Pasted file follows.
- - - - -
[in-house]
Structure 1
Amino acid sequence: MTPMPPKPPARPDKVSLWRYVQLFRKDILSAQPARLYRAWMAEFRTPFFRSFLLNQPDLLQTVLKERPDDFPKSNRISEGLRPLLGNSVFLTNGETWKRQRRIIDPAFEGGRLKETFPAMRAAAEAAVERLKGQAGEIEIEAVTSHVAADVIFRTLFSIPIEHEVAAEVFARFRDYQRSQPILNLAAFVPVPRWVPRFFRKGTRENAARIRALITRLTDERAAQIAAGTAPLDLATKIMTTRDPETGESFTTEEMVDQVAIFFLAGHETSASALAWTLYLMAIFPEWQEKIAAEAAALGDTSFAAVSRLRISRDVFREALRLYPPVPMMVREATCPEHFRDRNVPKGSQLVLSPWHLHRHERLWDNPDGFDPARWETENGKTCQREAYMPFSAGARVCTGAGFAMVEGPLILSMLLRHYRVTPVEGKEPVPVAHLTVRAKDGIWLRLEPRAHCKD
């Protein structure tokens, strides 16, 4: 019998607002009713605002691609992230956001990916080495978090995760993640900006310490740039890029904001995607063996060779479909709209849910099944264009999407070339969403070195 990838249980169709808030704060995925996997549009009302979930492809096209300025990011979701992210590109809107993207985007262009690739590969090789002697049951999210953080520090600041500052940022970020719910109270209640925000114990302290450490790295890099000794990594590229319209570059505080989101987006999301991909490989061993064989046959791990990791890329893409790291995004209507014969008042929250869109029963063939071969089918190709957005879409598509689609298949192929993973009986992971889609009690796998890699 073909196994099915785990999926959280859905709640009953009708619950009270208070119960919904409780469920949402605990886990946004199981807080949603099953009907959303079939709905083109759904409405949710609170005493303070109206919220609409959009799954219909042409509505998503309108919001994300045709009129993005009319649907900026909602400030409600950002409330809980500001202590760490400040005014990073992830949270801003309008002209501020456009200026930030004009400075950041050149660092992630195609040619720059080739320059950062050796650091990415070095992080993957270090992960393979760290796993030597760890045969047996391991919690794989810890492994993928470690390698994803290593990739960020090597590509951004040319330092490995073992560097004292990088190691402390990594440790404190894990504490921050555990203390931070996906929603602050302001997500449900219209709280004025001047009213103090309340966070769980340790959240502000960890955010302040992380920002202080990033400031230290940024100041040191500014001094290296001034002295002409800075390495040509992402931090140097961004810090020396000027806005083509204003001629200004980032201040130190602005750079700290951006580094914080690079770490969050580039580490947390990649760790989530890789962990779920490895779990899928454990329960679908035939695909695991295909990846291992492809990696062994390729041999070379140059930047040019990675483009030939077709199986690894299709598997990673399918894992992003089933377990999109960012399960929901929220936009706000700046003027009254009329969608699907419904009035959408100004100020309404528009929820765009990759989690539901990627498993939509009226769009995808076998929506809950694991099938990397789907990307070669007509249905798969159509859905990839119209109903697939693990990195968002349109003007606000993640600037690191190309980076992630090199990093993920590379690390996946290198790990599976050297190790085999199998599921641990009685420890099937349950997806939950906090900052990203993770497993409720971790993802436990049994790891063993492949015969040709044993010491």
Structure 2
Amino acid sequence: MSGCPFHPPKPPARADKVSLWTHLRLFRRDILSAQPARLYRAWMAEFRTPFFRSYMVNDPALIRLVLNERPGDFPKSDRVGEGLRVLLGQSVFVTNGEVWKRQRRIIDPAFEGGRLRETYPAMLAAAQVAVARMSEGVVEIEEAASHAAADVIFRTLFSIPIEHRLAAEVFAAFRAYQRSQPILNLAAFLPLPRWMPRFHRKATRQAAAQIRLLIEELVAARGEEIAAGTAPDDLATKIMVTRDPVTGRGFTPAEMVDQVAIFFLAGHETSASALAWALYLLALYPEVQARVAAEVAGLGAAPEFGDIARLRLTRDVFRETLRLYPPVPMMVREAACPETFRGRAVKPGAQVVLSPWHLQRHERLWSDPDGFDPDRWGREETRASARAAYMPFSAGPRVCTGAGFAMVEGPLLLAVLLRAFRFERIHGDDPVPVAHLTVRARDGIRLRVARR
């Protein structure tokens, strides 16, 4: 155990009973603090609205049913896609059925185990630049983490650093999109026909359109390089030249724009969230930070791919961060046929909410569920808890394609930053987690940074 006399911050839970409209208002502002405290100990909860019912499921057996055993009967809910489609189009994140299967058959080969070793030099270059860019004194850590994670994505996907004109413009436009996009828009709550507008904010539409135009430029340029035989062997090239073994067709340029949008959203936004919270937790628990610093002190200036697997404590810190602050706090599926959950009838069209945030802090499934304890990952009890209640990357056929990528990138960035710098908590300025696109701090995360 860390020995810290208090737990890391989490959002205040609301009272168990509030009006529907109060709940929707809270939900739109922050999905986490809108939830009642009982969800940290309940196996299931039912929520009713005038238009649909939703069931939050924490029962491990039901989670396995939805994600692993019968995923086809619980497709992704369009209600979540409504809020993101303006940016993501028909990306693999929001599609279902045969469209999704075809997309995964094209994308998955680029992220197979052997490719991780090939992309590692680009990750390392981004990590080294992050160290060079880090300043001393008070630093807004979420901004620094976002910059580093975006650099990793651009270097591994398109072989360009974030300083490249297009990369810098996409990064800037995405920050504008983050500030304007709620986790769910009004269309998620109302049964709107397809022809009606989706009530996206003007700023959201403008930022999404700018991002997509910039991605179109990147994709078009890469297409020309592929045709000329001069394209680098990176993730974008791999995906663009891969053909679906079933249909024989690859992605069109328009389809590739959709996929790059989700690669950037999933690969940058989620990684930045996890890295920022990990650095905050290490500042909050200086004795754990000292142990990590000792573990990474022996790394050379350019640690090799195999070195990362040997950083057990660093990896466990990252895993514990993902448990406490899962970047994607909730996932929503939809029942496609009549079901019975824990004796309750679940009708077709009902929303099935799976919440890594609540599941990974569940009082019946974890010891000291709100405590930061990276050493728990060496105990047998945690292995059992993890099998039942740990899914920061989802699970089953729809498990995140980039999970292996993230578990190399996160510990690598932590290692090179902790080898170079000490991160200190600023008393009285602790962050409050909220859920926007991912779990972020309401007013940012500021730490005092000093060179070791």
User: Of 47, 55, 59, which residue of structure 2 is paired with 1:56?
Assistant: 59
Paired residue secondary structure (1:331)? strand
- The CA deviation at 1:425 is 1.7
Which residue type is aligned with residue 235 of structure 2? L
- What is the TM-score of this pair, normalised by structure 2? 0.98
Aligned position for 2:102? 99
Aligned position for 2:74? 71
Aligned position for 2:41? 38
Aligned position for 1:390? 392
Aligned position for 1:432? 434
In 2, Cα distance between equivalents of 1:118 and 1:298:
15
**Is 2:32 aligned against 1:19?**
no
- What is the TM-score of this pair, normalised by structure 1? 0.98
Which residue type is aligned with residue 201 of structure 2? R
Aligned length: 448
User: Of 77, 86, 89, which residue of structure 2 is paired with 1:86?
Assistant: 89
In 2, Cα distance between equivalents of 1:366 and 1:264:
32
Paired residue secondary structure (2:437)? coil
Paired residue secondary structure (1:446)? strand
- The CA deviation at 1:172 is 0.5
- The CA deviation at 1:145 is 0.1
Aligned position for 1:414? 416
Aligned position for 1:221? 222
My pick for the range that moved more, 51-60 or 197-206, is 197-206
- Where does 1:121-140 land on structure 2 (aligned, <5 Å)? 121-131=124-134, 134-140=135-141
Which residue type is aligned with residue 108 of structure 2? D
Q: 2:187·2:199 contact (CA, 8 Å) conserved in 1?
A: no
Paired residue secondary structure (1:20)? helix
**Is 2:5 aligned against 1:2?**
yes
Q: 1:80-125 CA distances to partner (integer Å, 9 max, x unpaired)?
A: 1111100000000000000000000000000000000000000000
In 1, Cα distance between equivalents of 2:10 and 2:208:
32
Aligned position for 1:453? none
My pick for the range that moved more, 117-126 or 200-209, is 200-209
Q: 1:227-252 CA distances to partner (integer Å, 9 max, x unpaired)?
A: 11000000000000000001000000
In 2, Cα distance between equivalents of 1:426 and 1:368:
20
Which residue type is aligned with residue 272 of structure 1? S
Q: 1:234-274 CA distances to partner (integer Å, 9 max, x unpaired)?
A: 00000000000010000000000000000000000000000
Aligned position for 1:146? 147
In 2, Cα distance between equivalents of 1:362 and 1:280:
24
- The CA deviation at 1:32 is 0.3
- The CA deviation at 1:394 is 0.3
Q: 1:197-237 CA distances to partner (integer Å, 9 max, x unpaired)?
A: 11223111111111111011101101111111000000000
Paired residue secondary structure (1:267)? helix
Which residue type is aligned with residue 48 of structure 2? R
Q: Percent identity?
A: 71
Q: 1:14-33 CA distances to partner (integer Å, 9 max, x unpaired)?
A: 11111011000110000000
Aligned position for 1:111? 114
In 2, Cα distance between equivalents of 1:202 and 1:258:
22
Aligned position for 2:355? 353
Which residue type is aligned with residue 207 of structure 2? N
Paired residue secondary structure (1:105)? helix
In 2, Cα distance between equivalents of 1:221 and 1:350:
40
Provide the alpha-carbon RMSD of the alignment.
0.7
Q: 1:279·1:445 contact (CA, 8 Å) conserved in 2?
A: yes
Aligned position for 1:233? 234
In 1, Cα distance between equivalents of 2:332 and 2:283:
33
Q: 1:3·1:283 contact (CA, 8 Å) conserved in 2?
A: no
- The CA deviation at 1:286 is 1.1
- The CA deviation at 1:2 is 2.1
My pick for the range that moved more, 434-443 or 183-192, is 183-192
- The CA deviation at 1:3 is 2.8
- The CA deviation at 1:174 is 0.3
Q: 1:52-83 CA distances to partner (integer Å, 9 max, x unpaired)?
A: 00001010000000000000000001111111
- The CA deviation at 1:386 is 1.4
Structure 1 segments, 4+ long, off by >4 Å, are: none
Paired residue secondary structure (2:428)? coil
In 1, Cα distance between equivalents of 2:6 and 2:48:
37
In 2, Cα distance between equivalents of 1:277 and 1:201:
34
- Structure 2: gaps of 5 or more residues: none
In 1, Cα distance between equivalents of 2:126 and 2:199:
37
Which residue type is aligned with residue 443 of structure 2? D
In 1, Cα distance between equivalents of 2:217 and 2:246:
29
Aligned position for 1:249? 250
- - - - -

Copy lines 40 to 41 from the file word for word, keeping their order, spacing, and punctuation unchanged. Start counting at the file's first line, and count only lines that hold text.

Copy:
A: no
Paired residue secondary structure (1:20)? helix